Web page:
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Student Urban Design Exhibit Features ‘50s, ‘60s Ramallah

March 7, 2015
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Public Relations Office - Birzeit University

On February 28, 2015, Birzeit University Museum opened its fourth student exhibit, showing final projects for the course Advanced Urban Design offered by the Architectural Engineering Department. The exhibit is titled "Here, in ‘66" and was curated by Yazid Anani.


"The exhibit attempts to draw the visitors’ attention to the social life that prevailed in the city of Ramallah during the sixties, i.e. during the Jordanian rule,” Anani says.


The museum’s description of the exhibit states that recently, ethnic and fundamentalist archaeological sites and religious identity have become the only references for forming the concept of the Palestinian nation, such as Roman-era Sebastia or Umayyad and Mamluk Jerusalem. Instead, the description goes on, given the strong relationships between Arab cities during the 1950s and 1960s, the modernity project began in Palestine under Jordanian rule and suggests a social and religious life model that highlighted the ideal urban environment and a place for social networking.


The exhibit’s premise is that Ramallah at that time was an inclusive ideal urban environment, a place of sociability and community that reflected the brilliant modernist logic of aesthetics and dynamism. Cinemas, schools, hotels, boulevards, and cafés were landmarks of the thriving intellectual and social scenery of cities, whereby political salons and coffee shops frequented by intellectuals supported the modernist logic of an ideal city.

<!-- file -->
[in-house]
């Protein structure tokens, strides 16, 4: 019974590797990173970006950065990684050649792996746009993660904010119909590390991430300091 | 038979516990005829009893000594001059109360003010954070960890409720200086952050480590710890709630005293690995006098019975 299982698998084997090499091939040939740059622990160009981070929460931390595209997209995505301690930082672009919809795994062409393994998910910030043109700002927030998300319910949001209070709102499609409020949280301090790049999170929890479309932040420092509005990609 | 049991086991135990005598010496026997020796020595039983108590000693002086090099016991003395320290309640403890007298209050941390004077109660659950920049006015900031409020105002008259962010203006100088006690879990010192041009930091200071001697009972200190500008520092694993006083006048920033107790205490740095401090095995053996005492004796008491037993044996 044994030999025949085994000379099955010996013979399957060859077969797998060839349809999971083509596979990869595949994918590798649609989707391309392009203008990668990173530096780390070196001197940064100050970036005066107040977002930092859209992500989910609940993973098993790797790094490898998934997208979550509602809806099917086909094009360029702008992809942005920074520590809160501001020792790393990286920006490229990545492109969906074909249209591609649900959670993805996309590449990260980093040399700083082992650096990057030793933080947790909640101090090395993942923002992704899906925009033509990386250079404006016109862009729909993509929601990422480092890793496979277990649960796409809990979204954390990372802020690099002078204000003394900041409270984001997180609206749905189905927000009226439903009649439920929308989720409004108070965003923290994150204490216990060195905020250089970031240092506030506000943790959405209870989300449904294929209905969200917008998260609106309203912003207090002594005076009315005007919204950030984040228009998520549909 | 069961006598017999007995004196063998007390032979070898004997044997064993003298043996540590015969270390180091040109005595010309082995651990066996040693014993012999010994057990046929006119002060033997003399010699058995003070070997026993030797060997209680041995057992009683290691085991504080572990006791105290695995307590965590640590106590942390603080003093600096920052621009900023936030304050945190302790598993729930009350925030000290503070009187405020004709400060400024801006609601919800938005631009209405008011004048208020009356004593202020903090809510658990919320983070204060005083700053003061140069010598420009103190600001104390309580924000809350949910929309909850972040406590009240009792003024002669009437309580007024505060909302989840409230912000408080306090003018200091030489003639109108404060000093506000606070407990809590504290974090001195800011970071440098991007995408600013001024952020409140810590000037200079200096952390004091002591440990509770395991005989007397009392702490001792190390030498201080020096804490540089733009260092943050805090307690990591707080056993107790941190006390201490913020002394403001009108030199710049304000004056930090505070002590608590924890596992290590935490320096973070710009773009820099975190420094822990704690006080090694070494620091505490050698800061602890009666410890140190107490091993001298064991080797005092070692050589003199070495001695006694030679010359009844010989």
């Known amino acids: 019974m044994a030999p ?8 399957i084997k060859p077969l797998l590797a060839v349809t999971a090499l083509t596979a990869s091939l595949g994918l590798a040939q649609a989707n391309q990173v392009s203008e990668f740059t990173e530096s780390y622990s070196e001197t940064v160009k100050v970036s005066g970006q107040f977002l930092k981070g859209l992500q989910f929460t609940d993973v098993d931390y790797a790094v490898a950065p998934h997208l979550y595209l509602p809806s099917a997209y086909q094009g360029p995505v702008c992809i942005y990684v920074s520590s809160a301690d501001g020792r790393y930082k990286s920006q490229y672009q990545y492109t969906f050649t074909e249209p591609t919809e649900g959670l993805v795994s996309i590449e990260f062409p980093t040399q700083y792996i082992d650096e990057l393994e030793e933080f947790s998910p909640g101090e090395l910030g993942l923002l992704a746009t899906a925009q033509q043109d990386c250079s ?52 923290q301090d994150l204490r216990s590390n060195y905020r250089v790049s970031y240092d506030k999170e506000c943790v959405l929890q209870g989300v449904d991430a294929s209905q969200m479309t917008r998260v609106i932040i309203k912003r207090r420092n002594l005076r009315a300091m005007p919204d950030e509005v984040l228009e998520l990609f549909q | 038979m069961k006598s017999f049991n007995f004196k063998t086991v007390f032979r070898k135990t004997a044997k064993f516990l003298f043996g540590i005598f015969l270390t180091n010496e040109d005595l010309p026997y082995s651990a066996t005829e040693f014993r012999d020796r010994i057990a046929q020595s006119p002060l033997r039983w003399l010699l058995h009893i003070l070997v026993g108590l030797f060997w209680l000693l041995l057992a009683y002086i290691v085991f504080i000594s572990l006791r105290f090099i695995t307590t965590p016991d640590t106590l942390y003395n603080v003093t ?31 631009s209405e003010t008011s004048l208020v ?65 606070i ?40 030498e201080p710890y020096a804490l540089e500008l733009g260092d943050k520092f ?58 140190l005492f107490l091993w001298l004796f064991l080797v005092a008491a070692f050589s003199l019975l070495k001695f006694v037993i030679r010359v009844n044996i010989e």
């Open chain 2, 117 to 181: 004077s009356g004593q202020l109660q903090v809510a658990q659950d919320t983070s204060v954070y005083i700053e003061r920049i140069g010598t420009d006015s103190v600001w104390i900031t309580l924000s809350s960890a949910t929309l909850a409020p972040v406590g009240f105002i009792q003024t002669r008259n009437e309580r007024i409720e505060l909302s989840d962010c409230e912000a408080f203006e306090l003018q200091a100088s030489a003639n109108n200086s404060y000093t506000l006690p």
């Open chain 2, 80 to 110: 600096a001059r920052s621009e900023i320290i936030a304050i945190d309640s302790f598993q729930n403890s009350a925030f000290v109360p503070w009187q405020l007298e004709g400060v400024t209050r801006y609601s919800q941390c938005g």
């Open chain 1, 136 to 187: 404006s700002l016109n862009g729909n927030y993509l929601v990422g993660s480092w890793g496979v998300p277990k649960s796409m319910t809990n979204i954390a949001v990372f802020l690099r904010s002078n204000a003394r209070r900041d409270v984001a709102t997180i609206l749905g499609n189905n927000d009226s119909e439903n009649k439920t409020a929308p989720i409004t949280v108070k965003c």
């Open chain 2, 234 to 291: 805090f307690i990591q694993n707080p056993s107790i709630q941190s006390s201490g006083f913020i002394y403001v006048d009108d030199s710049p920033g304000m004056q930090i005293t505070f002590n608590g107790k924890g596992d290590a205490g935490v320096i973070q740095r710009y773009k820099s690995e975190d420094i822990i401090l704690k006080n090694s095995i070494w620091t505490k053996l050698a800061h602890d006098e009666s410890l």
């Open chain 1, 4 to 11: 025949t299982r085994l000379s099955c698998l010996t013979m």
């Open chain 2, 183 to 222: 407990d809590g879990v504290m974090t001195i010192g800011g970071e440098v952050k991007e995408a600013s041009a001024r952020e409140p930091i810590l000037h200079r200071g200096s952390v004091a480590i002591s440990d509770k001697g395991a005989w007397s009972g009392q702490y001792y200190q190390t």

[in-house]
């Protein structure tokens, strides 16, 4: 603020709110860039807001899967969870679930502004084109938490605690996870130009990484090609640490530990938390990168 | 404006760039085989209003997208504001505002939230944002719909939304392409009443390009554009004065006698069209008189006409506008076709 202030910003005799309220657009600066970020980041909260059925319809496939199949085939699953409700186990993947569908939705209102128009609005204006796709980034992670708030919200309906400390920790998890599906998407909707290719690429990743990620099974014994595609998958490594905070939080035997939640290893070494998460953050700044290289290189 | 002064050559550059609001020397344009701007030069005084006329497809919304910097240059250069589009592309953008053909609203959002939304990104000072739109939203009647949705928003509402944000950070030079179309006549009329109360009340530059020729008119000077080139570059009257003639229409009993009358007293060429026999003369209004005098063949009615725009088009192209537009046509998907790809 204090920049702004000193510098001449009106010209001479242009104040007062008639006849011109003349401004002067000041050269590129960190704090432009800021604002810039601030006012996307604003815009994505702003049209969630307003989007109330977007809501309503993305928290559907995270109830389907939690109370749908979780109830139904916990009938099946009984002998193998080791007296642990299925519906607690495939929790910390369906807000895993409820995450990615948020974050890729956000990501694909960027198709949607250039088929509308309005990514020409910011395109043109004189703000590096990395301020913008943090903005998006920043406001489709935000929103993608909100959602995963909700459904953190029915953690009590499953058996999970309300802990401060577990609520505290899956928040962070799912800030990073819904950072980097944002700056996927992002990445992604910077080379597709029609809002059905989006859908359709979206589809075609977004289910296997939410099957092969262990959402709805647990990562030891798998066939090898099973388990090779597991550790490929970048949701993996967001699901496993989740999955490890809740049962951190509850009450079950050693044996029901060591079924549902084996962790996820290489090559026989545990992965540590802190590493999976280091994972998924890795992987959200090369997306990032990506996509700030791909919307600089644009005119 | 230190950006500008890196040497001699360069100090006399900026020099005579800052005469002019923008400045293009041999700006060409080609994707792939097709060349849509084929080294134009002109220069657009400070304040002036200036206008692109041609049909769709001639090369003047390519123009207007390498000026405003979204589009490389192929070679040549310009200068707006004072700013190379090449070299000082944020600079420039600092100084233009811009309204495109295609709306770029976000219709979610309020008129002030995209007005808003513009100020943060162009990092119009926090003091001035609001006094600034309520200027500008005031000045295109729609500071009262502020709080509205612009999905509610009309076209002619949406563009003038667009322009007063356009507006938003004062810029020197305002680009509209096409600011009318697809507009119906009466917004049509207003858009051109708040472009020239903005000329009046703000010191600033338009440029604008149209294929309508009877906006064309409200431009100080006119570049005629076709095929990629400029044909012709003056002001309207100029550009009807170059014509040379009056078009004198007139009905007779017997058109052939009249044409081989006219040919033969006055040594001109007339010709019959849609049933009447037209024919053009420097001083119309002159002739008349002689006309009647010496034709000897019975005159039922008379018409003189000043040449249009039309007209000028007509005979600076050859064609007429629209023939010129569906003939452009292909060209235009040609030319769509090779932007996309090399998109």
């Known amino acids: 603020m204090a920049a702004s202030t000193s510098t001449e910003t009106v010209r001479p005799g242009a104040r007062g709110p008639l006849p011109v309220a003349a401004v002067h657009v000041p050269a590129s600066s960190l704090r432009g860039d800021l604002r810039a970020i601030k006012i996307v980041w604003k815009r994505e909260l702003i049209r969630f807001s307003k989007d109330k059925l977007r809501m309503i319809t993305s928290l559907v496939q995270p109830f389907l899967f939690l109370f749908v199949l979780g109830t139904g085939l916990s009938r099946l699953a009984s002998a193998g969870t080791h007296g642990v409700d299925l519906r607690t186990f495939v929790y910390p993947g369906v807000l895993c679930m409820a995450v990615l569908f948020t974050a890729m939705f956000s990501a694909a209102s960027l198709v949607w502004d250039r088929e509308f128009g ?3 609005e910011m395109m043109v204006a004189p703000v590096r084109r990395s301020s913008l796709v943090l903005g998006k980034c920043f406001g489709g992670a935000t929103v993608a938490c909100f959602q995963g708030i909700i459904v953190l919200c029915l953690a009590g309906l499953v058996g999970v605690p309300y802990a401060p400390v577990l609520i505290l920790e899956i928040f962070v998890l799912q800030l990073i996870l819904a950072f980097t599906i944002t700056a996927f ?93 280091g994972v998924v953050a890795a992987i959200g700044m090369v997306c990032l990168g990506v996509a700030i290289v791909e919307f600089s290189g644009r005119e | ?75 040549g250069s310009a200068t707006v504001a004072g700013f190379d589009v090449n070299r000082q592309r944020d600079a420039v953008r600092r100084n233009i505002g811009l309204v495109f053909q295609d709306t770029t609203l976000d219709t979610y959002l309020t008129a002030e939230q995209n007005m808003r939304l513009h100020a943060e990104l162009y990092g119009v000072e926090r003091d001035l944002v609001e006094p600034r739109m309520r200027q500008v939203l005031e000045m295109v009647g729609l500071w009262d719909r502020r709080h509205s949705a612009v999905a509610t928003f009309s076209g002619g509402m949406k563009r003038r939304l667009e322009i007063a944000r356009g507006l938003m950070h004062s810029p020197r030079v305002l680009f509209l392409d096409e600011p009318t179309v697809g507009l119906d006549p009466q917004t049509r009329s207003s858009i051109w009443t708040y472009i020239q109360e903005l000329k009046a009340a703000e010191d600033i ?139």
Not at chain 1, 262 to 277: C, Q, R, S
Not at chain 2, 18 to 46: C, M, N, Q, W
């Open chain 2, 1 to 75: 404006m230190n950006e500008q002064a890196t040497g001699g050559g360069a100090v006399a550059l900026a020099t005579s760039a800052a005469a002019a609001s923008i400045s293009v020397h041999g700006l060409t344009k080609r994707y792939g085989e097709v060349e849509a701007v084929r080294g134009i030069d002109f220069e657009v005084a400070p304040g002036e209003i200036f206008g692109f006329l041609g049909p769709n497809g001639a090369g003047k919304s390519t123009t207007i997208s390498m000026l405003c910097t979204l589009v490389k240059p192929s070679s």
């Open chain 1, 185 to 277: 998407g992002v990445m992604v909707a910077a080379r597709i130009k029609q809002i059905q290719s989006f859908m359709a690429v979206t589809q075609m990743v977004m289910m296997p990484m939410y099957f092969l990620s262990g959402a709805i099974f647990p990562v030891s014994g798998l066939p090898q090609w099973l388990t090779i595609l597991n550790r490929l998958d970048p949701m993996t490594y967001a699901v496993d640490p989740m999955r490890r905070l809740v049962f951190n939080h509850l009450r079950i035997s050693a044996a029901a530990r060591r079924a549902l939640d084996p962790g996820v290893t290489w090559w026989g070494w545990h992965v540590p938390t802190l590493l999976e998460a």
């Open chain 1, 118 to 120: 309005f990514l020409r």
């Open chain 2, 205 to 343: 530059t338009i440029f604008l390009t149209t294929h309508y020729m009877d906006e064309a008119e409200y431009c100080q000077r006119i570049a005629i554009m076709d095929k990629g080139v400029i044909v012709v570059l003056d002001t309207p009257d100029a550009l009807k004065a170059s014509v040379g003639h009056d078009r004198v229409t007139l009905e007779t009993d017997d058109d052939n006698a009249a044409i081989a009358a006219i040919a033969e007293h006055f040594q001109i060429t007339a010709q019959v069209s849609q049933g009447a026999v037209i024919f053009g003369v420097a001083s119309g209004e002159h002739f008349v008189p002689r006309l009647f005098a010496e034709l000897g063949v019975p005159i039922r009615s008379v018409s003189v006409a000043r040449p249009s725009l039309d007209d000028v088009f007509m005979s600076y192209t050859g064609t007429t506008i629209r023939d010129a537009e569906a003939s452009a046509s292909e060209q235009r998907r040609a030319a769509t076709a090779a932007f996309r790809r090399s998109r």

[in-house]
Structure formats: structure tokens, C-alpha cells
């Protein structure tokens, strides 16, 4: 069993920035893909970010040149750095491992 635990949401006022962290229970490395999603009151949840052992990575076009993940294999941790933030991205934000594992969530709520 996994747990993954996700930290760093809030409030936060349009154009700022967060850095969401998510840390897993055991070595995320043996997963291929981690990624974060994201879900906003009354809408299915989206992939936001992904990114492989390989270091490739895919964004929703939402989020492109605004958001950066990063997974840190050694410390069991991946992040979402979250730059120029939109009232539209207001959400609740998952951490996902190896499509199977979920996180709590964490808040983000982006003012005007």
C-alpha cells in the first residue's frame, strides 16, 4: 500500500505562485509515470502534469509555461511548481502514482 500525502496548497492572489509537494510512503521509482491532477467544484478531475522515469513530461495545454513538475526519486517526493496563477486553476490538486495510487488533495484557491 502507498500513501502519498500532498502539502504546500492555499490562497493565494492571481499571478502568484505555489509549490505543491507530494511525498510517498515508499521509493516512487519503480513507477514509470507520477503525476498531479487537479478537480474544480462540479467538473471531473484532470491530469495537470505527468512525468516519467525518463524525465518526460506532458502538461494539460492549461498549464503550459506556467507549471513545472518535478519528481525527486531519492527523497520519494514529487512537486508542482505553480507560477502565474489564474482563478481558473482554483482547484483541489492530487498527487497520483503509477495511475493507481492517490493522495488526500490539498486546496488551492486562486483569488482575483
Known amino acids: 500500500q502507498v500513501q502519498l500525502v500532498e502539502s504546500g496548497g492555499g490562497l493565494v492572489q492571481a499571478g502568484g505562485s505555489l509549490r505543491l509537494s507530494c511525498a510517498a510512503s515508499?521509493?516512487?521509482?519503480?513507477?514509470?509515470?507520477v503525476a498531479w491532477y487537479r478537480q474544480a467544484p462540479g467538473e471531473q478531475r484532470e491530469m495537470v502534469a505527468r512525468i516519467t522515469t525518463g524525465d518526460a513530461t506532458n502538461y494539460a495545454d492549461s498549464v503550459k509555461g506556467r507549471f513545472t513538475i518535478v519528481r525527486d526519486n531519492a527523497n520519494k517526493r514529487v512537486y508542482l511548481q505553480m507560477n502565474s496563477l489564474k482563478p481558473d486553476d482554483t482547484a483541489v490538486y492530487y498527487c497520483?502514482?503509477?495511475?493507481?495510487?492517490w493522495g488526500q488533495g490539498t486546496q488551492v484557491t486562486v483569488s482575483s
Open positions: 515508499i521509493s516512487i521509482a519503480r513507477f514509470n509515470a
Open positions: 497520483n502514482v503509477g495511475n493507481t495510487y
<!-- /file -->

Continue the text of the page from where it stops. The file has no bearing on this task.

Ramallah nowadays has become a site for visual projections of administrative power through architecture. The Palestinian Authority uses the city as a stage for enacting elaborate spectacles of ceremonials and rituals to reaffirm elements of delusional nationhood and unattained sovereignty. The politics of neoliberal “state building” are established by reinventing the history of the city, to glorify the advent of the Authority and the made-up triumph of its liberation project. Accordingly, the history of the city has been subjected to perpetual erasure. The minor modernist edifices that existed in the city from the ‘50s and ‘60s have been demolished and replaced by private commercial buildings and business towers.

Ramallah’s increasingly consumer and uncritical society has been diverted from political and social activism, and lacks appreciation and awareness of the urban heritage of modernity. Henceforth, there is no undertaking to preserve this valuable heritage as a true testimony to the historical moment of the ‘50s and ‘60s, which is featured in the exhibit.

The exhibit was organized in partnership with the Ramallah Municipality and will continue until April 9, open daily from 9 am to 3 pm, except Fridays and Sundays.


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